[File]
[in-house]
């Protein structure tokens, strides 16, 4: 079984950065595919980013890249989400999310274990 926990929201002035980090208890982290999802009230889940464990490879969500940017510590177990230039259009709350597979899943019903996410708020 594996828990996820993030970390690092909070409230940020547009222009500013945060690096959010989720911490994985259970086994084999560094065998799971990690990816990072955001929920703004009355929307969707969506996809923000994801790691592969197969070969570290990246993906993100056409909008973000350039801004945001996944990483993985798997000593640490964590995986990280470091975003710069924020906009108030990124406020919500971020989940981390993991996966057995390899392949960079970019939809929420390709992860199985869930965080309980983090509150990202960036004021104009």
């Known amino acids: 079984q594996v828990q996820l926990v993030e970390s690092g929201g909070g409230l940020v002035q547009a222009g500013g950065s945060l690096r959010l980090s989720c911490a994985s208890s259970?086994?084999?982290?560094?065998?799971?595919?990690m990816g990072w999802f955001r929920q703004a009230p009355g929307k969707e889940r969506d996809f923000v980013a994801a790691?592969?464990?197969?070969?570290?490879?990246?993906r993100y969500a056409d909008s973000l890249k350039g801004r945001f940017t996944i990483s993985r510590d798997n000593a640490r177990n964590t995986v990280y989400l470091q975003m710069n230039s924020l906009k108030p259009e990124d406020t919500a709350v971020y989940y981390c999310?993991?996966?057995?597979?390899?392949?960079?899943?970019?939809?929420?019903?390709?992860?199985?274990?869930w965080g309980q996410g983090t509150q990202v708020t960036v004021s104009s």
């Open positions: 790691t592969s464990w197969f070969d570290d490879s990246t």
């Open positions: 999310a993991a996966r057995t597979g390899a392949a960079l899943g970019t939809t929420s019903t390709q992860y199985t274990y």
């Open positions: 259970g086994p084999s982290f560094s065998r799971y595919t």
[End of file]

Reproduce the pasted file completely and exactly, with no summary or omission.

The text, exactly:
[in-house]
């Protein structure tokens, strides 16, 4: 079984950065595919980013890249989400999310274990 926990929201002035980090208890982290999802009230889940464990490879969500940017510590177990230039259009709350597979899943019903996410708020 594996828990996820993030970390690092909070409230940020547009222009500013945060690096959010989720911490994985259970086994084999560094065998799971990690990816990072955001929920703004009355929307969707969506996809923000994801790691592969197969070969570290990246993906993100056409909008973000350039801004945001996944990483993985798997000593640490964590995986990280470091975003710069924020906009108030990124406020919500971020989940981390993991996966057995390899392949960079970019939809929420390709992860199985869930965080309980983090509150990202960036004021104009």
């Known amino acids: 079984q594996v828990q996820l926990v993030e970390s690092g929201g909070g409230l940020v002035q547009a222009g500013g950065s945060l690096r959010l980090s989720c911490a994985s208890s259970?086994?084999?982290?560094?065998?799971?595919?990690m990816g990072w999802f955001r929920q703004a009230p009355g929307k969707e889940r969506d996809f923000v980013a994801a790691?592969?464990?197969?070969?570290?490879?990246?993906r993100y969500a056409d909008s973000l890249k350039g801004r945001f940017t996944i990483s993985r510590d798997n000593a640490r177990n964590t995986v990280y989400l470091q975003m710069n230039s924020l906009k108030p259009e990124d406020t919500a709350v971020y989940y981390c999310?993991?996966?057995?597979?390899?392949?960079?899943?970019?939809?929420?019903?390709?992860?199985?274990?869930w965080g309980q996410g983090t509150q990202v708020t960036v004021s104009s």
């Open positions: 790691t592969s464990w197969f070969d570290d490879s990246t």
């Open positions: 999310a993991a996966r057995t597979g390899a392949a960079l899943g970019t939809t929420s019903t390709q992860y199985t274990y």
């Open positions: 259970g086994p084999s982290f560094s065998r799971y595919t």